PRESS RELEASE: Alaskans would suffer under Trump’s proposed National Environmental Policy Act (NEPA) rollback

FOR IMMEDIATE RELEASE: JULY 15, 2020, JUNEAU, ALASKA — The Southeast Alaska Conservation Council is dismayed by President Donald Trump’s announcement today weakening important aspects of one of our nation’s most important environmental laws, the National Environmental Protection Act (NEPA).

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FOIA: 96% of Americans support keeping national Roadless Rule on the Tongass despite attempted rollback

FOR IMMEDIATE RELEASE: MAY 5, 2020, JUNEAU, ALASKA —  A staggering majority of public comments are in favor of protecting the Tongass National Forest — the largest intact coastal temperate rainforest in the world and one of the nation’s largest carbon storehouses — from new road building and logging, despite attempted rollbacks from the Trump administration and Alaska’s Congressional Delegation.

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U.S. Supreme Court Rules Clean Water Act Does Not Sanction Loophole


FOR IMMEDIATE RELEASE, April 24, 2020 —  Thursday’s U.S. Supreme Court decision in County of Maui v. Hawaii Wildlife Fund validates the strength of the Clean Water Act to protect our nation’s waters. The decision recognizes polluters cannot avoid the Clean Water Act’s permit requirements just by pumping pollution into the ground where doing so is the functional equivalent of discharging that pollution directly into streams, lakes, and oceans.

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Alexander Archipelago Wolves Need Urgent Help Following Record Killings in Alaska’s Tongass National Forest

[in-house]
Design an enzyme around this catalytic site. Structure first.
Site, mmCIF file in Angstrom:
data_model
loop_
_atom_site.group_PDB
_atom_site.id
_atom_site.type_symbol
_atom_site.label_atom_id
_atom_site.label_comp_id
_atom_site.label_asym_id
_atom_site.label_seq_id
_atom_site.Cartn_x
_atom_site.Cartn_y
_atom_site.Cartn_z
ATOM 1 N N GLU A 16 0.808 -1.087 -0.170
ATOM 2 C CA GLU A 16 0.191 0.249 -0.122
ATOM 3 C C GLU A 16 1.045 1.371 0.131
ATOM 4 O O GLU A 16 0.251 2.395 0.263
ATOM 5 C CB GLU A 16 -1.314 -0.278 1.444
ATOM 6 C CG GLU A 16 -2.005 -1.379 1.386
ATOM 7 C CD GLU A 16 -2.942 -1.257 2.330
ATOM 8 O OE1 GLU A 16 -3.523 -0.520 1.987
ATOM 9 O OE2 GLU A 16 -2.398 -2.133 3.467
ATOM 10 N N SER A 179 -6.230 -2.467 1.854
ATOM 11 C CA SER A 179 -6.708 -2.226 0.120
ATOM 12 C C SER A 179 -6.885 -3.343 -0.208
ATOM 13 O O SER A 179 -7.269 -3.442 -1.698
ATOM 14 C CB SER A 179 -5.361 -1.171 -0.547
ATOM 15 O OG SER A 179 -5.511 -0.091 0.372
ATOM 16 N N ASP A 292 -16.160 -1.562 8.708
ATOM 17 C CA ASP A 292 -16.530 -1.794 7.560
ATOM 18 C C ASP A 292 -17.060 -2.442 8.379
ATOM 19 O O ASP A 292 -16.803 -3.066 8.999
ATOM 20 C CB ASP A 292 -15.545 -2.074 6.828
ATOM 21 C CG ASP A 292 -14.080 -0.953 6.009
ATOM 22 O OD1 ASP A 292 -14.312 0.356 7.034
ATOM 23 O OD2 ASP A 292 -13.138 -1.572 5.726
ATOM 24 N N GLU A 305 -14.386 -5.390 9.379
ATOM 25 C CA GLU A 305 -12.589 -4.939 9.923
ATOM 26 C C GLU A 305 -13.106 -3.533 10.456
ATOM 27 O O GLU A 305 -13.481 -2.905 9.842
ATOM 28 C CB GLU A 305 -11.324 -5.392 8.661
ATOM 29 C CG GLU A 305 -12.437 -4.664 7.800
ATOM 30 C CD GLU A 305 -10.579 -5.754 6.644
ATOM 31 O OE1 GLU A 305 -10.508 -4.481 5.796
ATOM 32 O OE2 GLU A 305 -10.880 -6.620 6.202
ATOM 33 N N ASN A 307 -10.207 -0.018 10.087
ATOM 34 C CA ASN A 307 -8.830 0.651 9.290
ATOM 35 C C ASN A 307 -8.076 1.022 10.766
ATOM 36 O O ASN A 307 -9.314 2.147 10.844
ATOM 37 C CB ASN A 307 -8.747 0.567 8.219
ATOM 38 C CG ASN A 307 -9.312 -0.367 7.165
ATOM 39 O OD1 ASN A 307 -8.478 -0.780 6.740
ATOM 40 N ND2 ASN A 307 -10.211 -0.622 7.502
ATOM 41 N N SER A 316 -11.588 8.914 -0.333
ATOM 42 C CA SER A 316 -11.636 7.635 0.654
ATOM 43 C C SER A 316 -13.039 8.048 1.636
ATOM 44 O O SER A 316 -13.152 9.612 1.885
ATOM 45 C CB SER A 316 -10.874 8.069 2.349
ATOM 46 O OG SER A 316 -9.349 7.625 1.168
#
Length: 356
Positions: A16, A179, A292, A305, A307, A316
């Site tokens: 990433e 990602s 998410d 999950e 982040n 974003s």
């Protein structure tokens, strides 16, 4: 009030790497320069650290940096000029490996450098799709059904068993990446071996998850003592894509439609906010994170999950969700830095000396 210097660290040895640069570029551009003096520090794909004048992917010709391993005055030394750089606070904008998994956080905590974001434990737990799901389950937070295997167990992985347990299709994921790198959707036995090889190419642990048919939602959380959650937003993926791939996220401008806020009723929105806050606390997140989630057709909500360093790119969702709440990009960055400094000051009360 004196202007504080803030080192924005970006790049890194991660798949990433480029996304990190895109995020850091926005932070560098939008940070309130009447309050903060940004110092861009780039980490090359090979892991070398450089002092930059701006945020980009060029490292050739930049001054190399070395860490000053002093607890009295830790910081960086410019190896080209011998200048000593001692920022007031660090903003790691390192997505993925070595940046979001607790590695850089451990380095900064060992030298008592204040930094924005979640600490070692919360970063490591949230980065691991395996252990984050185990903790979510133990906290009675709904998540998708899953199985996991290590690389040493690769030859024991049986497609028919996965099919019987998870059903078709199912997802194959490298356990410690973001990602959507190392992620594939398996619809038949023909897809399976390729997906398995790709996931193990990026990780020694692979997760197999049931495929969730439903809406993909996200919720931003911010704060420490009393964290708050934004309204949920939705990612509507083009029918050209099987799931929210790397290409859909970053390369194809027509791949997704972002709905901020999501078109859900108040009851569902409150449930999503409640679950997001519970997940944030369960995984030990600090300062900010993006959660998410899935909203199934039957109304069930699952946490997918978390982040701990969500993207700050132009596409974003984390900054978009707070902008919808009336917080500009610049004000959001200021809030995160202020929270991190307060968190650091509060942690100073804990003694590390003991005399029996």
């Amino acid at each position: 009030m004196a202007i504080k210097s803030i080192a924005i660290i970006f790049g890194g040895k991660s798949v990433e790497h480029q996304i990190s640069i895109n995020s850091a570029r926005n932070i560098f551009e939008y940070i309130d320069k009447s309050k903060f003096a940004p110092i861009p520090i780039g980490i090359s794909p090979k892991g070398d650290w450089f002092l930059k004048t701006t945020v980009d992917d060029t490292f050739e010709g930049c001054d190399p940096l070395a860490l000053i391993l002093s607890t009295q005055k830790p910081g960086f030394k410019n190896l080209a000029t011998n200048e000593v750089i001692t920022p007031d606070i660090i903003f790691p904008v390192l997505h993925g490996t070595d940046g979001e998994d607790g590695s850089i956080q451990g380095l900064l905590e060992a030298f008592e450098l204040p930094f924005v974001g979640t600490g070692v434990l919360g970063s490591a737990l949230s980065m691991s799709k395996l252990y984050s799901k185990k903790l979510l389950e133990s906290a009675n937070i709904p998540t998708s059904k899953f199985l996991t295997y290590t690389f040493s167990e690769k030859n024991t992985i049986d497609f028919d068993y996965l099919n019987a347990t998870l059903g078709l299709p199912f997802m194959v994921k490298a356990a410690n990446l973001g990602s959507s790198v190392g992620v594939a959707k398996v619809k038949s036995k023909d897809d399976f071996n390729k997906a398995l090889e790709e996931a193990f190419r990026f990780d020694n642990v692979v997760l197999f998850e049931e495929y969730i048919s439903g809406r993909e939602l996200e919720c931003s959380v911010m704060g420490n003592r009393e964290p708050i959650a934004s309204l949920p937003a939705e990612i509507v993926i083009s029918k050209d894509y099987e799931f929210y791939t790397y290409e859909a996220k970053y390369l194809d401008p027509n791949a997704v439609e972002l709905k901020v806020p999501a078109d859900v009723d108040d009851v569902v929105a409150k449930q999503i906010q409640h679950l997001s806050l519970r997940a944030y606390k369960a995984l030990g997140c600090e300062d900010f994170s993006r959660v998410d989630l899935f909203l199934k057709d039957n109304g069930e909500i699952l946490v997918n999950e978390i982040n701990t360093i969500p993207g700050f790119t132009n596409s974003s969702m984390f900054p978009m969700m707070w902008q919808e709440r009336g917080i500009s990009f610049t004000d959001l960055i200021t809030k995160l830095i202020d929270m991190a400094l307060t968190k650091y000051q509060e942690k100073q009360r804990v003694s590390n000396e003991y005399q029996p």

For Immediate Release: 

Alexander Archipelago Wolves Need Urgent Help Following Record Killings in Alaska’s Tongass National Forest 

JUNEAU, Alaska (April 15, 2020) – Conservation groups today called on the U.S. Forest Service to take immediate steps to protect Alexander Archipelago wolves on Prince of Wales Island in the Tongass National Forest following word that 165 wolves – representing 97% of the most recent population estimate – were killed this past trapping season.

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Alaska Governor Puts Citizens At Risk With Recent Budget Vetoes

FOR IMMEDIATE RELEASE, April 8, 2020, ANCHORAGE — Governor Dunleavy has gambled with Alaskan lives by ​cutting $261 million​ in two budget bills and expecting $191 million in federal stimulus funds to alleviate his cuts. Using budget vetoes to push a political agenda when Alaskans are showing up for one another like never before risks the health and safety of every Alaskan in every community. Alaska lawmakers went on the record in the ​Anchorage Daily News​ stating they believe the Governor is wrong, recognizing the federal dollars are for “necessary expenditures” related to the global health pandemic. ​Alaskans and Alaska's small businesses urgently need all available funds to get through this public health crisis.

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MEDIA ADVISORY: Roadless Rule, wolves, herring and more on the docket at council meeting this week

MARCH 23, 2020 — The Alaska Roadless Rule, Prince of Wales wolf population and Sitka herring fishery are just some of the important topics that will be discussed at a meeting of the Southeast Alaska Subsistence Regional Advisory Council this week.

The Council will be meeting via teleconference from March 24-26, and will provide updates and take public comment on multiple issues related to Southeast Alaska’s hunting and subsistence resources.

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SEACC demands suspension of Roadless Rule process until federal investigation is complete

Press Release: March 12, 2020

FOR IMMEDIATE RELEASE: SEACC demands suspension of Roadless Rule process until federal investigation is complete

The Southeast Alaska Conservation Council is demanding that the U.S. Department of Agriculture Secretary Sonny Perdue immediately suspend the Alaska Roadless Rulemaking process until the Office of Inspector General (OIG) investigation into questionable use of federal grant money is complete.

SEACC submitted the request to Secretary Perdue Thursday, in a letter that was also sent to Alaska Gov. Mike Dunleavy, Alaska Department of Natural Resources Commissioner Corri Feige, Alaska’s U.S. Congressional Delegation, the Alaska Forest Association (AFA), and Tribal Cooperating Agencies and called for full cooperation from state officials.


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